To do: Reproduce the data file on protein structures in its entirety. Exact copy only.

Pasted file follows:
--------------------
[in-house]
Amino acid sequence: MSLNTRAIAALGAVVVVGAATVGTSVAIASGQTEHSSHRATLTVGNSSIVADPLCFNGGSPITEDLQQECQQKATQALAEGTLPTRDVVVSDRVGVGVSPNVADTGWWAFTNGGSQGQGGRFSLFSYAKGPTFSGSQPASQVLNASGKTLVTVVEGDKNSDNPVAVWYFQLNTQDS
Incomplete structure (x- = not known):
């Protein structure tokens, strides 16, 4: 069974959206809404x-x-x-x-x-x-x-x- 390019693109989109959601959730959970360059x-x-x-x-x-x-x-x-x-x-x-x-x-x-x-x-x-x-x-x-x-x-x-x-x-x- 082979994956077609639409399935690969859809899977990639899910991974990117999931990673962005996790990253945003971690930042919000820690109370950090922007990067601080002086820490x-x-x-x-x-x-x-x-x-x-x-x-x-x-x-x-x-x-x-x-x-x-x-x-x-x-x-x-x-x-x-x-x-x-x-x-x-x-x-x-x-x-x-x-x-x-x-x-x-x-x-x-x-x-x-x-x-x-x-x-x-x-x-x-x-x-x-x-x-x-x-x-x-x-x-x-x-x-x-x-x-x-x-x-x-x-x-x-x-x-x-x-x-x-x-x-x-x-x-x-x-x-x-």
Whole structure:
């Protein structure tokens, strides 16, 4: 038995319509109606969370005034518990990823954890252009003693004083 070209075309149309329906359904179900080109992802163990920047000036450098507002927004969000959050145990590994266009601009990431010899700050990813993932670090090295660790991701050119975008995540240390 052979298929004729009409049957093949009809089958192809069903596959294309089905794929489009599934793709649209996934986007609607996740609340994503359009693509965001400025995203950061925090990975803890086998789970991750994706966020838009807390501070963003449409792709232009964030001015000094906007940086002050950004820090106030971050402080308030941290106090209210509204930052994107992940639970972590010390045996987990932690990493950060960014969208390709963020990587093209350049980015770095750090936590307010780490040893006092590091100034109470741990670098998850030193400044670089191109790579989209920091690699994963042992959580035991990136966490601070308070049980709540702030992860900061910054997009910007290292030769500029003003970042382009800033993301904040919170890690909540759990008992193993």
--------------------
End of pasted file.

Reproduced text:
[in-house]
Amino acid sequence: MSLNTRAIAALGAVVVVGAATVGTSVAIASGQTEHSSHRATLTVGNSSIVADPLCFNGGSPITEDLQQECQQKATQALAEGTLPTRDVVVSDRVGVGVSPNVADTGWWAFTNGGSQGQGGRFSLFSYAKGPTFSGSQPASQVLNASGKTLVTVVEGDKNSDNPVAVWYFQLNTQDS
Incomplete structure (x- = not known):
């Protein structure tokens, strides 16, 4: 069974959206809404x-x-x-x-x-x-x-x- 390019693109989109959601959730959970360059x-x-x-x-x-x-x-x-x-x-x-x-x-x-x-x-x-x-x-x-x-x-x-x-x-x- 082979994956077609639409399935690969859809899977990639899910991974990117999931990673962005996790990253945003971690930042919000820690109370950090922007990067601080002086820490x-x-x-x-x-x-x-x-x-x-x-x-x-x-x-x-x-x-x-x-x-x-x-x-x-x-x-x-x-x-x-x-x-x-x-x-x-x-x-x-x-x-x-x-x-x-x-x-x-x-x-x-x-x-x-x-x-x-x-x-x-x-x-x-x-x-x-x-x-x-x-x-x-x-x-x-x-x-x-x-x-x-x-x-x-x-x-x-x-x-x-x-x-x-x-x-x-x-x-x-x-x-x-």
Whole structure:
């Protein structure tokens, strides 16, 4: 038995319509109606969370005034518990990823954890252009003693004083 070209075309149309329906359904179900080109992802163990920047000036450098507002927004969000959050145990590994266009601009990431010899700050990813993932670090090295660790991701050119975008995540240390 052979298929004729009409049957093949009809089958192809069903596959294309089905794929489009599934793709649209996934986007609607996740609340994503359009693509965001400025995203950061925090990975803890086998789970991750994706966020838009807390501070963003449409792709232009964030001015000094906007940086002050950004820090106030971050402080308030941290106090209210509204930052994107992940639970972590010390045996987990932690990493950060960014969208390709963020990587093209350049980015770095750090936590307010780490040893006092590091100034109470741990670098998850030193400044670089191109790579989209920091690699994963042992959580035991990136966490601070308070049980709540702030992860900061910054997009910007290292030769500029003003970042382009800033993301904040919170890690909540759990008992193993």